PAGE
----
The Little Blue Book

Nrepose of Unposted tipped me off to this rather nice-looking variation on the classic moleskine-ish notebook: the Little Blue Book, from a website called The Forgetful Gentleman. (They also sell a few styles of cards, which will please all who advocate the preservation of handwritten correspondence.)

This may be another case of over-the-top marketing for a notebook, as evidenced by the photos above and this description:

“While the Little Black Book has gained notoriety as the pocket companion of playboys with more show than substance, its a little known fact that throughout history true gentlemen have always carried a Little Blue Book to capture fleeting moments of inspiration and genius, wherever or whenever they may be.”

Uh-huh, and true gentlemen also probably know when to put an apostrophe in “it’s” and a hyphen in “little-known.” But getting past all that, I have to say that I LOVE the fact that it’s blue. Not fluorescent blue, not turquoise blue, but a gorgeous, old-fashioned navy blue, just like the pocketbook your grandmother took to her DAR luncheons. (Actually, they should make a version for women and call it the “Grandma’s DAR Pocketbook Journal,” or something like that, to appeal to gentlewomen!)

In all other details, it’s pretty standard: 9×14 cm size, ribbon marker, elastic closure, lined pages, interior pocket, embossed logo on back, and a place to write your name on the inside, with the header “This notebook belongs to a Forgetful Gentleman.” The cover is said to be made of “PU Leather.” While my inner third-grader wants to claim they mean it’s “pee-eww” smelly, stinky leather, my online research uncovered this definition:

Bicast leather (also known as bycast leather, split leather or PU leather) is a split leather with a layer of polyurethane applied to the surface and then embossed…. The use of the term ‘leather’ in relation to this bicast treatment is considered a misrepresentation and therefore not permitted in the United Kingdom and New Zealand. Furniture made with bicast exhibits none of the characteristics associated with genuine leather; it will not develop a patina or suppleness nor otherwise “improve with age”. With constant use the polyurethane layer will crack and split free of its backing.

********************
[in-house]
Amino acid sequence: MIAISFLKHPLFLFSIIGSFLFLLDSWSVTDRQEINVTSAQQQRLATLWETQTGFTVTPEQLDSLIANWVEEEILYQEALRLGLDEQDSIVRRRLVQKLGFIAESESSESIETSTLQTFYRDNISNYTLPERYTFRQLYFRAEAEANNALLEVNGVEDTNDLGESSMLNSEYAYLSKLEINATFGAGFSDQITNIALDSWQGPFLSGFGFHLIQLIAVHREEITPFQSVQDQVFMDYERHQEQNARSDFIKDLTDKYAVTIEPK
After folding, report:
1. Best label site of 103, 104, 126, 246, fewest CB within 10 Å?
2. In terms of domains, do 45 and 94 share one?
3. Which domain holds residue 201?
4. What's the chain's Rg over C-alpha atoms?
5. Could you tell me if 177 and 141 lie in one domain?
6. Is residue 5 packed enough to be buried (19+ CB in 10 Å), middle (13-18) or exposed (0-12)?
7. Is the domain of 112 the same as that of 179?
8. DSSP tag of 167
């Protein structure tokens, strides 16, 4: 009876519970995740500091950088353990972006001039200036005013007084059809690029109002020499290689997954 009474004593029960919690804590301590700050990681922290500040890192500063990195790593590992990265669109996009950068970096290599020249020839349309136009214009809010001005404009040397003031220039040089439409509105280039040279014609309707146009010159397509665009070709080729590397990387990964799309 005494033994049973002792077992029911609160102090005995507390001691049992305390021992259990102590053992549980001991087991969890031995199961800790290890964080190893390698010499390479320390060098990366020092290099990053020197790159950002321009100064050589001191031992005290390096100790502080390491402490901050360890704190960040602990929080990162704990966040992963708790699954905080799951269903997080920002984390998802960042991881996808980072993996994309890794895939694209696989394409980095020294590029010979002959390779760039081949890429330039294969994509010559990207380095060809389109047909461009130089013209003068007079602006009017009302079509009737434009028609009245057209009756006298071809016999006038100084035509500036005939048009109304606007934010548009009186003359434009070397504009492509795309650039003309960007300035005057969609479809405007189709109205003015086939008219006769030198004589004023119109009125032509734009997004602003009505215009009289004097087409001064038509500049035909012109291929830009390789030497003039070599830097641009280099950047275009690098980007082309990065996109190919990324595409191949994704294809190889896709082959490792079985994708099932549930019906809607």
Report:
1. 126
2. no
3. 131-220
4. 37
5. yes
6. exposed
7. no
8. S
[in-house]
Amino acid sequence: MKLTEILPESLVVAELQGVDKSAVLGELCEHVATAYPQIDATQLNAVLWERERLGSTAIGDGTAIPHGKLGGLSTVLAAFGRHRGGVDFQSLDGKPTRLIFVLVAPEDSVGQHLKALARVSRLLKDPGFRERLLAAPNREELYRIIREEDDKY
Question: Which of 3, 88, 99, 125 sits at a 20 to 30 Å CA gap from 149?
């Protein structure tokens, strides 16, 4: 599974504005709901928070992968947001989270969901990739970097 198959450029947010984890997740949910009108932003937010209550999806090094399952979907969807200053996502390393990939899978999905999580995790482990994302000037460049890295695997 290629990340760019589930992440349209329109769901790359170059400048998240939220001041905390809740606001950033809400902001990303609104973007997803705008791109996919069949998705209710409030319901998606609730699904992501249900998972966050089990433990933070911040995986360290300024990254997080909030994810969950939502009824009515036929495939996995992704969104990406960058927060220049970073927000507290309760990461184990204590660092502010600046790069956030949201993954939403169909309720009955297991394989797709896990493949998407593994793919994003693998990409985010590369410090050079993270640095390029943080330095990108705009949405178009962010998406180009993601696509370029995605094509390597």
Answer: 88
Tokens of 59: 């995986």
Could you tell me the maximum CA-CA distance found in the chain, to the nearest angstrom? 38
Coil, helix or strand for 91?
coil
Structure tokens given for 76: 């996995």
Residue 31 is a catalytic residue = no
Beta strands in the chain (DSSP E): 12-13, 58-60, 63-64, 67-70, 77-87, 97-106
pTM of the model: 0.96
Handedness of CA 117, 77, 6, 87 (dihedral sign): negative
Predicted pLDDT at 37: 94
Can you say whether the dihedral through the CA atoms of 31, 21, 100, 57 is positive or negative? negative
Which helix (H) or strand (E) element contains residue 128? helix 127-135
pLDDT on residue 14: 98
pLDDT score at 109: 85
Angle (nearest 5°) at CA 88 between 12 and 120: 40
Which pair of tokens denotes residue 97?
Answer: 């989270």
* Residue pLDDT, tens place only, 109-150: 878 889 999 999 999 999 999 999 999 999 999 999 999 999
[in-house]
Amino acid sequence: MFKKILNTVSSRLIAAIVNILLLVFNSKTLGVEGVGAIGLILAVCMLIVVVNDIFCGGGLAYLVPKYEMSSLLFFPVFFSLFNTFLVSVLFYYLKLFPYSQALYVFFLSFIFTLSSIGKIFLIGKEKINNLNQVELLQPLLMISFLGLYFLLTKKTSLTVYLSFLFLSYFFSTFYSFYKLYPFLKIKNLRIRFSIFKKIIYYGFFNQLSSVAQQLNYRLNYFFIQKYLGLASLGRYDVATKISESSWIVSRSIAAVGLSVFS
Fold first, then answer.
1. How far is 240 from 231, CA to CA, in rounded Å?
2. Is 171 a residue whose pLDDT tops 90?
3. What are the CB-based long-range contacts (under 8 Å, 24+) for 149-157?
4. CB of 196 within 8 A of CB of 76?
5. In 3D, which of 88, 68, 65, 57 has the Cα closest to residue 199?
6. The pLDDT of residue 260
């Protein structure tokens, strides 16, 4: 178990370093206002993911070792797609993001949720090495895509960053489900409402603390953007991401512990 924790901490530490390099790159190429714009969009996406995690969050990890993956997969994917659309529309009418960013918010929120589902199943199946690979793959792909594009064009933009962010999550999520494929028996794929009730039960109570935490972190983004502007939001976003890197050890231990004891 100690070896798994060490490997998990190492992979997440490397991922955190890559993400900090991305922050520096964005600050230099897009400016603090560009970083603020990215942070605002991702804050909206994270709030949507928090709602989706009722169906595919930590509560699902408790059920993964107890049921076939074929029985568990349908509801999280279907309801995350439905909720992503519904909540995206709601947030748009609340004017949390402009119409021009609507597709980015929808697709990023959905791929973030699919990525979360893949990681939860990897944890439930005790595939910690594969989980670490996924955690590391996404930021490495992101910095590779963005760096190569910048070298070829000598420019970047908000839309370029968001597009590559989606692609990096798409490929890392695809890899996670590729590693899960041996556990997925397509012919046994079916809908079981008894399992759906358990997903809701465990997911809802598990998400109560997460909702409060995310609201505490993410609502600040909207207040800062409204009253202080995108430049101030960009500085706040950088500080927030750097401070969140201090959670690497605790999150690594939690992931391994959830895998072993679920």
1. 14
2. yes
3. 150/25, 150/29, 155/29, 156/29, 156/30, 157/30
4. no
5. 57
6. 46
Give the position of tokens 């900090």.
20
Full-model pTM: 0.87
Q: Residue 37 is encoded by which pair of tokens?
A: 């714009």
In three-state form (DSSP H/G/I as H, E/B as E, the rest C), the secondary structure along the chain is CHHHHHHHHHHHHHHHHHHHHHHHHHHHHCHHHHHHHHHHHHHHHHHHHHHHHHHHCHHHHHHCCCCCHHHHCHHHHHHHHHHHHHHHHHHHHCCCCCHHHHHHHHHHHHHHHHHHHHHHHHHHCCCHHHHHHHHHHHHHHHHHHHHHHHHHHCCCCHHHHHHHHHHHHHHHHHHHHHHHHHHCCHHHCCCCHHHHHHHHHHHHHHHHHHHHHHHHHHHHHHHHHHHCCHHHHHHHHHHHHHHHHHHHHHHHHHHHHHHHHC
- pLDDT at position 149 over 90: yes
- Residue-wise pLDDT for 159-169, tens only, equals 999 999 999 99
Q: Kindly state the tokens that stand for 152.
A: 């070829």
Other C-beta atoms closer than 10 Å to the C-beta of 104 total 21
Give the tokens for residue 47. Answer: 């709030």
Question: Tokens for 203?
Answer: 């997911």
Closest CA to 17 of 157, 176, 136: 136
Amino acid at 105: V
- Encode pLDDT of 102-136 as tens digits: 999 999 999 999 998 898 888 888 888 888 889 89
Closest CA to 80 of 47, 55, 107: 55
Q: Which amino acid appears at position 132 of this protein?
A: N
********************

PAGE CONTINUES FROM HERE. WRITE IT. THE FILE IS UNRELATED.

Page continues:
I’m glad I looked this up, as I’d wondered about the “bonded leather” cover of the Markings notebook — sounds like a similar process of making a cheap, leather-like material that has enough leather content to allow it to be called “leather,” at least in some countries.

The Little Blue Notebook is $12.00 plus $5.95 shipping (within the continental US) for up to 4 notebooks. At 5, the shipping increases to $12.95. At 13, it’s $24.95. At 17, it’s $32.95. I didn’t test all the other quantities beyond that, so suffice it to say that this will not be the cheapest notebook you’ve ever purchased, nor will it be the most expensive. Which seems very gentlemanly to me.

2 thoughts on “The Little Blue Book”

  1. I presume they’re referring to Smythson ‘Panama’ notebooks when they state “throughout history true gentlemen have always carried a Little Blue Book”. Unfortunately, this notebook only trumps the Smythson on price — Bond Street’s finest are renowned for their peerless quality and class, but infamous for their huge price-tag. They’re also incredibly thin due to the ‘Featherweight’ paper used inside them; on average, just over half the thickness of a Moleskine but with more leaves (128 vs. 96).

    I also think the Moleskine beats this too; it has character of its own, and its oil-cloth covers don’t try to be up-market like these PU leather covers try and fail to do. I’m also not convinced by the printing inside the front cover. It looks somewhat poorly done, and not much thought has gone into it. It certainly doesn’t strike me as particularly evocative of a gentlemanly image.

    Overall, I’m not so impressed. If Moleskine were to bring out one of their pocket notebooks in royal blue (as they recently did with their cahiers), I’d be much more likely to buy it.

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